Making thing or what is now called as manufacturing is one of the oldest of human activities. This activity has evolved over the year and has built around it a complex and sophisticated paraphernalia of science, technology and management. However, sometimes we have to get back to the basics of an activity and ask what are the basic human drives or the motive behind it. This is not merely a philosophical question without any practical results. If we can find the right answers to such fundamental questions and implement them in our corporate life, it can lead to greater human fulfillment and wellbeing. This article is an attempt to understand the DNA of making thing and its implications for the future of manufacturing.
Why Do We Make Things
Our modern mind is enamoured of technology and most of the futuristic studies tend to focus mainly on the technological advances and possibilities. But if our aim is not merely endless increase in the efficiency and productivity of the economic and social machinery but human wellbeing and fulfillment, we have to pay equal or even more attention to the human dimensions of every activity of our life. We must ask questions which help us to understand the DNA of an activity like for example: what is the original human need which gave birth to the activity? How much this need has changed during the course of human evolution? What is its role in the evolution and fulfillment of human beings? Let us now examine manufacturing the light of these deeper perspectives.
Why do we want to make things? Why a child feels a great joy in building castles in the sand? There are some fundamental human motives or needs behind it. First is the urge for self-expression; second is the need for creating something with our own hands and the satisfaction of seeing our own creation, solid and concrete; third is shaping matter according to the idea and imagination in our mind. When we come down to a less fundamental level, manufacturing is the act of adding value to matter. And finally as a commercial activity, things are made in order to satisfy the customer. These are the basic elements of what we may call as the DNA of making things. If the manufacturers of the world want to achieve highest human fulfillment in their factories they must strive to satisfy all these human need which constitute the DNA of manufacturing. Technology has to be used in such a way that it leads to this human fulfillment.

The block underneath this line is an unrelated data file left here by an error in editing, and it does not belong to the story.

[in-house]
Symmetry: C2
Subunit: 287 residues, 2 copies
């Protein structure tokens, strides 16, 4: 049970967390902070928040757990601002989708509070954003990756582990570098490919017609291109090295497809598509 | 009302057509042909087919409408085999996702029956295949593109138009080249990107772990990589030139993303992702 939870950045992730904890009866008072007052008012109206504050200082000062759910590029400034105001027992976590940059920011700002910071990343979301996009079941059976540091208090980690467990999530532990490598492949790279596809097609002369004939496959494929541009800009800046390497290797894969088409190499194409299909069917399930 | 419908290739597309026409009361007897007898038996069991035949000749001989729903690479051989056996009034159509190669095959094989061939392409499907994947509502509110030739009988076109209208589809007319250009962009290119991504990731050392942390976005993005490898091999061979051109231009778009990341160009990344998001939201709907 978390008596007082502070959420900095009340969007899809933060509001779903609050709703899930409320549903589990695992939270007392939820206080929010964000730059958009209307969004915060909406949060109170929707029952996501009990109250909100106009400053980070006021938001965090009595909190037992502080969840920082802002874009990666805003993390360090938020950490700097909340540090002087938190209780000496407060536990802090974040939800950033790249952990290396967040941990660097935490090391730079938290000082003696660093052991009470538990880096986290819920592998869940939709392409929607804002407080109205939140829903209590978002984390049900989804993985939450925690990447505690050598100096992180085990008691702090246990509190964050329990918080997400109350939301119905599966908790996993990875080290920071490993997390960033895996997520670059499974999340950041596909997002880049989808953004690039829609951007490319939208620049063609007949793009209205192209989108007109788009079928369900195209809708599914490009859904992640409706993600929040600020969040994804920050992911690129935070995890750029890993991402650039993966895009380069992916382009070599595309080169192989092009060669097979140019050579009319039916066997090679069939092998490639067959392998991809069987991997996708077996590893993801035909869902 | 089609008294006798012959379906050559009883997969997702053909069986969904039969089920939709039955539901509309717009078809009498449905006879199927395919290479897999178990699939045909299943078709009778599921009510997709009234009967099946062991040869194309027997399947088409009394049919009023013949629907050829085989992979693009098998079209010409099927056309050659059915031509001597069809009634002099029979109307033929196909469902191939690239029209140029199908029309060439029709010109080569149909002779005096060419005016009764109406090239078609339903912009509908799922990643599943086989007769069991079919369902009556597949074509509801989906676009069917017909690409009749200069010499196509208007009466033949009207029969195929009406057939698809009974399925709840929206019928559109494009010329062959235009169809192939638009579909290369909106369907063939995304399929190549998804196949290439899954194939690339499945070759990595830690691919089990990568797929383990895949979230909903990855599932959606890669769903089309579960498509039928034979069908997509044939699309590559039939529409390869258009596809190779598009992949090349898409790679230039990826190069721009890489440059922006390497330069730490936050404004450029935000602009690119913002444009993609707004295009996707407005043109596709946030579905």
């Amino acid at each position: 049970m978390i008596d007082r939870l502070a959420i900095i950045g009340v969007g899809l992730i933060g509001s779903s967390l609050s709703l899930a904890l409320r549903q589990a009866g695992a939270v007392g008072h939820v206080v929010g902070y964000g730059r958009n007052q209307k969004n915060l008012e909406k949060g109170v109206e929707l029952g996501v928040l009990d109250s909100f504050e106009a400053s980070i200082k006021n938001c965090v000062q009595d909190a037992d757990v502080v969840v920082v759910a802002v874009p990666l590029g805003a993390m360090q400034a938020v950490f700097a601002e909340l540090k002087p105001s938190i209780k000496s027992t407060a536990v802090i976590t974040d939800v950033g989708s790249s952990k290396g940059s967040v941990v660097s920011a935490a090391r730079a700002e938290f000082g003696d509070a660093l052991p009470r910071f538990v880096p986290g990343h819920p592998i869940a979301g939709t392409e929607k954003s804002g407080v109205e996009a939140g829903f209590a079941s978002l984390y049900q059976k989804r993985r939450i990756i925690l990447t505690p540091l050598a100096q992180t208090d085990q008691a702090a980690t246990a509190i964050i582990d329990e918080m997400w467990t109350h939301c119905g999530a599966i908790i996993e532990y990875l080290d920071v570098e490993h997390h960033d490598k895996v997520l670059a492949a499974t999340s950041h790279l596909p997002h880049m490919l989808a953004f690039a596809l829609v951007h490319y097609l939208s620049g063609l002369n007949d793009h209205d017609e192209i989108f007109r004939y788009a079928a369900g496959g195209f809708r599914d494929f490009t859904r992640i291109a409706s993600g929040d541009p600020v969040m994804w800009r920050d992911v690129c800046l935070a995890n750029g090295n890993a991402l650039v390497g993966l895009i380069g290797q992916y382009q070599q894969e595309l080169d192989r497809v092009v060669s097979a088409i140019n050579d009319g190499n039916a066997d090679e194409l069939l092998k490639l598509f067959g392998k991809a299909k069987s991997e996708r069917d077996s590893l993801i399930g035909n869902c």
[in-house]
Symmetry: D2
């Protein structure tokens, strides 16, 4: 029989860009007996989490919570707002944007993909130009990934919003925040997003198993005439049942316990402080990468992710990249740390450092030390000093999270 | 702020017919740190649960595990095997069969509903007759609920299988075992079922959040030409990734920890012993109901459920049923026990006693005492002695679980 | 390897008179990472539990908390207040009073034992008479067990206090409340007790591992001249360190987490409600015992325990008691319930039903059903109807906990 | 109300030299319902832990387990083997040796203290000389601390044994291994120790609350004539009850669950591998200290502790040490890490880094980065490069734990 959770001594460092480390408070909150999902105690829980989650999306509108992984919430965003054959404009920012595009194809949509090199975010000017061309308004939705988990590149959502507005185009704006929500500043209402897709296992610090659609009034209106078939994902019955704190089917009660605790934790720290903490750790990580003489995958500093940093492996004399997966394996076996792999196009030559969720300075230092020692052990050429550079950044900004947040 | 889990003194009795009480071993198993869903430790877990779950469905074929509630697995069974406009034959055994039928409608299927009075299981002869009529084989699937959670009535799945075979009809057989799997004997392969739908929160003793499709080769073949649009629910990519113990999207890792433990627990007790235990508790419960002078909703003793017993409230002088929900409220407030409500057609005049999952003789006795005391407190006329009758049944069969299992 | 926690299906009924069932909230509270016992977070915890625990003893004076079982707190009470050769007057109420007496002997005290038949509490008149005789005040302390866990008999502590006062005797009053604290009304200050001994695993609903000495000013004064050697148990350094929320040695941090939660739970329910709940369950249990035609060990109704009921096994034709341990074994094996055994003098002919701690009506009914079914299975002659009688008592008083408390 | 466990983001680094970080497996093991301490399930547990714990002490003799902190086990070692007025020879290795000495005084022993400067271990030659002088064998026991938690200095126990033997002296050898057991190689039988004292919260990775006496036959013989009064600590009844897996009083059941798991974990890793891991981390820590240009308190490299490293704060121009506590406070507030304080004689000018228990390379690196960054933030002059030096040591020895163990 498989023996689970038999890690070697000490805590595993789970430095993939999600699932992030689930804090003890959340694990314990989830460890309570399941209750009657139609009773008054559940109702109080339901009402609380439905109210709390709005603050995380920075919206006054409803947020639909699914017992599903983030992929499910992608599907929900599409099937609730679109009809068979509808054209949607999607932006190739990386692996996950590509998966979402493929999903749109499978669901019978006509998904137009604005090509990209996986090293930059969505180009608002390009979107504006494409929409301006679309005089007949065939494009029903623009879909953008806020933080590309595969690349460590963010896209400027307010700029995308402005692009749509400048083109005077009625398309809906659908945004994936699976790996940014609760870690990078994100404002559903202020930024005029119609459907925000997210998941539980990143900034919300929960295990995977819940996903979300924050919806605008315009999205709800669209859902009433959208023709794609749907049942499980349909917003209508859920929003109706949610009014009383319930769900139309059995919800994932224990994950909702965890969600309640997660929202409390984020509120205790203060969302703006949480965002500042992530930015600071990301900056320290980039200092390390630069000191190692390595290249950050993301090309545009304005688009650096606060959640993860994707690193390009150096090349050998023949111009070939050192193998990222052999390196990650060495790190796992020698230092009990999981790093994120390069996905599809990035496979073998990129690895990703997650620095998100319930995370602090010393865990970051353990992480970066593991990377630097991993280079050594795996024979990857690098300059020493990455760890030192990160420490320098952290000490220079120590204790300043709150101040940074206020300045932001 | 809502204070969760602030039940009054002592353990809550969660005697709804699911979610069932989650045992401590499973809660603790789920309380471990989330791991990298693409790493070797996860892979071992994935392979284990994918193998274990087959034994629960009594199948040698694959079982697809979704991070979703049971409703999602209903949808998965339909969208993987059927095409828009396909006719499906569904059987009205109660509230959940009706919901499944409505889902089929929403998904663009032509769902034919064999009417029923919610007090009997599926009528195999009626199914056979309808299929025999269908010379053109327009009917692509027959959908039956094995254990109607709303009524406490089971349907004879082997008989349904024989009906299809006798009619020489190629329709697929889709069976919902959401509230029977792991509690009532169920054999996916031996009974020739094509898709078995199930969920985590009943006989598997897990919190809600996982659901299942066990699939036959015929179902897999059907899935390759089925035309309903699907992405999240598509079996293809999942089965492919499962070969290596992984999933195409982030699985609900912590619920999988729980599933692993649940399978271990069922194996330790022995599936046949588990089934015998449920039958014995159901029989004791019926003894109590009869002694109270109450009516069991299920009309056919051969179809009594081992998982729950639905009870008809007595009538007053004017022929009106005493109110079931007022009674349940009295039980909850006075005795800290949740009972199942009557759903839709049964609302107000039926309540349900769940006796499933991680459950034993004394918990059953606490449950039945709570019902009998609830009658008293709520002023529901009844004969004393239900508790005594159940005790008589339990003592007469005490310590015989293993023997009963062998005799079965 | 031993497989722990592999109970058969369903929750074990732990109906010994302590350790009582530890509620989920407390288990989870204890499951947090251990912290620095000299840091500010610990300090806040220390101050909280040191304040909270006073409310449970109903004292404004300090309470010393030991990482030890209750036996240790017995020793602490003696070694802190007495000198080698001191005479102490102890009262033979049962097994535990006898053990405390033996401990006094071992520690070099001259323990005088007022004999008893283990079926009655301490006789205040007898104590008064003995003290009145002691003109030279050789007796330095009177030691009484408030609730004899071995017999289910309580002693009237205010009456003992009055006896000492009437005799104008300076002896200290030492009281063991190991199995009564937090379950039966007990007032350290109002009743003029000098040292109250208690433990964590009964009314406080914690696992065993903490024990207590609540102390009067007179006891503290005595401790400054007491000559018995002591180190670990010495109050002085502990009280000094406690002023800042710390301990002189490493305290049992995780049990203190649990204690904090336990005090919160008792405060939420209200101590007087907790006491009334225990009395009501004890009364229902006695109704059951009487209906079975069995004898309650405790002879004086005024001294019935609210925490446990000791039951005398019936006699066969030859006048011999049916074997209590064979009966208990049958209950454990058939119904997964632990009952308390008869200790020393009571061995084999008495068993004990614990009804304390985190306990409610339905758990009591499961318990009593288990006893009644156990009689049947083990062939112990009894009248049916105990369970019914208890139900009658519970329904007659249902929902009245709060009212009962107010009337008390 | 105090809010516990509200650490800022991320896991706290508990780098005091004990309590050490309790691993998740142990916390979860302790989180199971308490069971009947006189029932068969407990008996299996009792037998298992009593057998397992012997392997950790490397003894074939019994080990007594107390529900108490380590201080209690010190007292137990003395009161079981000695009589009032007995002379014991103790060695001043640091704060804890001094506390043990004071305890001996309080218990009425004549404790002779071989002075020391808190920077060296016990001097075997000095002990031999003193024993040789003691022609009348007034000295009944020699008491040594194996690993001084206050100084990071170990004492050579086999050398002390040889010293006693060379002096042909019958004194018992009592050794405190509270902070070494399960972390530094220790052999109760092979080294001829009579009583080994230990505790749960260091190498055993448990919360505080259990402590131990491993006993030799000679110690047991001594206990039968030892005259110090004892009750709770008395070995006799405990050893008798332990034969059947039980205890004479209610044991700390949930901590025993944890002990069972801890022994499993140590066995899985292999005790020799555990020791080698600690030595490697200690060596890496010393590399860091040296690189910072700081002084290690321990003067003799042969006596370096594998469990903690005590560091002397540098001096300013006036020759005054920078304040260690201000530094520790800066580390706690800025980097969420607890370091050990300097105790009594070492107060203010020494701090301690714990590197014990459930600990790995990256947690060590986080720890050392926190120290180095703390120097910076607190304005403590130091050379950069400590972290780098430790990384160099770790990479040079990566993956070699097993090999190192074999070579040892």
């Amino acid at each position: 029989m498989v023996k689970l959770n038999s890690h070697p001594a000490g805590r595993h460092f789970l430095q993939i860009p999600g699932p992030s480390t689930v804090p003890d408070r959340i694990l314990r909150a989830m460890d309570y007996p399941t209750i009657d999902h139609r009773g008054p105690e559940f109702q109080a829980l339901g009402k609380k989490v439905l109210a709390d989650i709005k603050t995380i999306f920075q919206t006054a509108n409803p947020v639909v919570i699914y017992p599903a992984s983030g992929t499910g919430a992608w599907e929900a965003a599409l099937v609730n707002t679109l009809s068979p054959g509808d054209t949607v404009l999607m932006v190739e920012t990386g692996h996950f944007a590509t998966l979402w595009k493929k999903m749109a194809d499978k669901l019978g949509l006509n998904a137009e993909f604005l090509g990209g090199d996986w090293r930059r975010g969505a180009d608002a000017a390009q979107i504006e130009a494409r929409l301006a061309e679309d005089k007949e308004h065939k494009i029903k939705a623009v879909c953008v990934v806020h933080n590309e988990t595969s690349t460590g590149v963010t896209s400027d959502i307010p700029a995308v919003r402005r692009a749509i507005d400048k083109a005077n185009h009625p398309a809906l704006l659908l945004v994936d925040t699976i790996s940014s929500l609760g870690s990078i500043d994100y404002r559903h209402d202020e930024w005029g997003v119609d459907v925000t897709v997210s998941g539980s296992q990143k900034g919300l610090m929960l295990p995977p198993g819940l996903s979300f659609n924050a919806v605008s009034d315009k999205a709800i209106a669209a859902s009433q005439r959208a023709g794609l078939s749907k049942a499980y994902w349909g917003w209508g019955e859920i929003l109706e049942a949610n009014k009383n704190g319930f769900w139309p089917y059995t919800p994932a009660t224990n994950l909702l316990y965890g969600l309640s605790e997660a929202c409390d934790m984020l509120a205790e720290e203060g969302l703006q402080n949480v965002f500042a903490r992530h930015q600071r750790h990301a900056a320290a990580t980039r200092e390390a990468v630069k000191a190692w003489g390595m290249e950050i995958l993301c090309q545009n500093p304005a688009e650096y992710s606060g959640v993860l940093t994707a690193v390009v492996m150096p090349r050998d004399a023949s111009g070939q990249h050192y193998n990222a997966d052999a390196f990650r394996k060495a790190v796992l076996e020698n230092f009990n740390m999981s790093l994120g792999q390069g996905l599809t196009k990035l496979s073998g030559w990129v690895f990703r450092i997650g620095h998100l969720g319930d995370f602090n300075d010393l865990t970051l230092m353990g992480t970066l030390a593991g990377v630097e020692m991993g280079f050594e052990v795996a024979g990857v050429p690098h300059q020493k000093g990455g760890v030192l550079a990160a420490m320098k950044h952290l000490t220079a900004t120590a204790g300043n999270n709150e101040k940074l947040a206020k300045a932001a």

In the old assembly lines of Ford, technology was used to create a dehumanizing work-environment where the worker was reduced to a small, insignificant robot doing a repetitive and mechanical task. In a more living and humanized manufacturing, the worker should have the creative satisfaction of making things with his own hands and shaping the product according to his own ideas and imagination.
Aesthetics and Utility
The other basic function of manufacturing is to add value to raw matter and make it into a useful or pleasing product or in other words, added value may be utilitarian or aesthetic. In the ancient world, most of the manufacturing activity is predominantly aesthetic and the makers are craftsmen. And in our modern world, it is mostly utilitarian and the makers are technocrats and businessmen. In the future, we may witness a new synthesis of the ancient and modern ethos in manufacturing.